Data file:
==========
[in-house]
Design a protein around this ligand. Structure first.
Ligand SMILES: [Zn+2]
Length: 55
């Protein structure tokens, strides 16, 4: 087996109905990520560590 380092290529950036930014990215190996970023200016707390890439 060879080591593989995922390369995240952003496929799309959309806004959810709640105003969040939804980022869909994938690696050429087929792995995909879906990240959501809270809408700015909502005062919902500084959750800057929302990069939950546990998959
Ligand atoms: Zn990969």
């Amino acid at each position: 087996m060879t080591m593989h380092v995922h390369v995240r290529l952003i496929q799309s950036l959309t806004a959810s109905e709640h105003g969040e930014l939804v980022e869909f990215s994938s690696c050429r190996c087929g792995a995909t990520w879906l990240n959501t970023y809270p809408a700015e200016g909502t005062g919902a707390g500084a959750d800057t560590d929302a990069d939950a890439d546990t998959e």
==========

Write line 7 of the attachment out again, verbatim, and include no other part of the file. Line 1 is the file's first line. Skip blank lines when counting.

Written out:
């Amino acid at each position: 087996m060879t080591m593989h380092v995922h390369v995240r290529l952003i496929q799309s950036l959309t806004a959810s109905e709640h105003g969040e930014l939804v980022e869909f990215s994938s690696c050429r190996c087929g792995a995909t990520w879906l990240n959501t970023y809270p809408a700015e200016g909502t005062g919902a707390g500084a959750d800057t560590d929302a990069d939950a890439d546990t998959e």